Ross Smith Speaks about “The Future of Work Is Play” at the 2012 Serious Play Conference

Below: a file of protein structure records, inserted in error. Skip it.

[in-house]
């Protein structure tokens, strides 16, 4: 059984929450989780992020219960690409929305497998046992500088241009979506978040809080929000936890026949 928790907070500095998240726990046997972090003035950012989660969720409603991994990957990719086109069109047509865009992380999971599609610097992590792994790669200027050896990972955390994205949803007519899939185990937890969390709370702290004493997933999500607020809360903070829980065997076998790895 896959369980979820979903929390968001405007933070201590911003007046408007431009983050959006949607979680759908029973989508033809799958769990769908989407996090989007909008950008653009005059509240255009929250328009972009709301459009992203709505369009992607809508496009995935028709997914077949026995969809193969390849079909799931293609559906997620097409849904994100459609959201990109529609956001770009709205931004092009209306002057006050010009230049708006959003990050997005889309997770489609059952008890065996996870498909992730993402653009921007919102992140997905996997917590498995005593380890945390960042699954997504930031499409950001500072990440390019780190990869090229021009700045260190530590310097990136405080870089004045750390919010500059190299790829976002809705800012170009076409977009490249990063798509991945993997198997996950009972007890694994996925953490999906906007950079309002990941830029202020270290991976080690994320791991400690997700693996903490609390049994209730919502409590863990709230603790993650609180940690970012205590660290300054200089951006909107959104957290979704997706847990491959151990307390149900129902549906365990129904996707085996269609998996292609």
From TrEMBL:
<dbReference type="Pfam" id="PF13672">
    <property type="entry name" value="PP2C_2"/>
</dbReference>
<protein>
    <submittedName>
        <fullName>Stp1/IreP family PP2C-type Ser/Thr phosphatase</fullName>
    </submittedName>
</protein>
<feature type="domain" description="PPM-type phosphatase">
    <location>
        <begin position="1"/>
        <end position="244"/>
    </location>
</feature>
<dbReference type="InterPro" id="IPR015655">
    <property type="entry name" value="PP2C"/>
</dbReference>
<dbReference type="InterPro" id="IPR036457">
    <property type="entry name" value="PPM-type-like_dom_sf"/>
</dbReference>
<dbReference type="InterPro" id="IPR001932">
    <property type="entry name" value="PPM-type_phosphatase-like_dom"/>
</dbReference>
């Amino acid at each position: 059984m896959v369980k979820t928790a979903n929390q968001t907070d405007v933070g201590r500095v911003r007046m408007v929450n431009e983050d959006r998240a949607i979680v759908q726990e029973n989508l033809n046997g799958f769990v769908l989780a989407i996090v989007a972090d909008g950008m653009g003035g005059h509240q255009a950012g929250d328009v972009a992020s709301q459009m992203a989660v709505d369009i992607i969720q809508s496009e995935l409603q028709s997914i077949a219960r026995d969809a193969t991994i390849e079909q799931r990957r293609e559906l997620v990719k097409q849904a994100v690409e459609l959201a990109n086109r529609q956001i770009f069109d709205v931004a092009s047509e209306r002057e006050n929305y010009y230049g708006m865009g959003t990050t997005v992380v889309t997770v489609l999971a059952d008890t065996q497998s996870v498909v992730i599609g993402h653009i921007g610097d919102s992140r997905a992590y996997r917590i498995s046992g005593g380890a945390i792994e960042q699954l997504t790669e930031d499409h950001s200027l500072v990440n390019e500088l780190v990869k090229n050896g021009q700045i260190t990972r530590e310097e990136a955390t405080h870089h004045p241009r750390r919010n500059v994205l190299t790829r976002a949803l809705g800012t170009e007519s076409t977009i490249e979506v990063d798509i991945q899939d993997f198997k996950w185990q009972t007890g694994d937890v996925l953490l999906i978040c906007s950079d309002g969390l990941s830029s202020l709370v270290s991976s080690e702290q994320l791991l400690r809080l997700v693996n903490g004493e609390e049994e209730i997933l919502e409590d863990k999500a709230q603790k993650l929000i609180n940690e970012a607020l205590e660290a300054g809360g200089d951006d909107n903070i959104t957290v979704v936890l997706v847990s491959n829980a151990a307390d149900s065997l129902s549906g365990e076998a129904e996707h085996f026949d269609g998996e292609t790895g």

Life in ancient Egypt, Greece, Rome and Colonial America included a natural integration of play and work. There were no scheduled work hours, time clocks, or hourly wages. For adults, work and play were combined in the greater quest for survival. The Industrial Revolution brought great advances in labor, transforming effort from human to machine. There was no time for play – playing at work was considered counterproductive. Play and recreation were now completely detached from work and labor. As a result, the Industrial Age bore witness to monumental advances in leisure as well – from the circus and YMCA to the first urban playground and the U.S. National Park Service. As the 21st century shift to knowledge and information work becomes more pervasive, a return to the integration of games and play as part of work is a logical progression. Shifts and advances in global, societal, technological, economic, and socio-political trends will shape the future of work. These changes will lead to an increased use of game mechanics in the workplace of the future. Over the last several years, the deployment of “productivity games” to improve business processes through the application of game elements have been gaining momentum. The use of crowdsourcing and productivity games as a business process have been on the rise. These lessons support the notion that games can – and will – be an important component of the workplace of the future.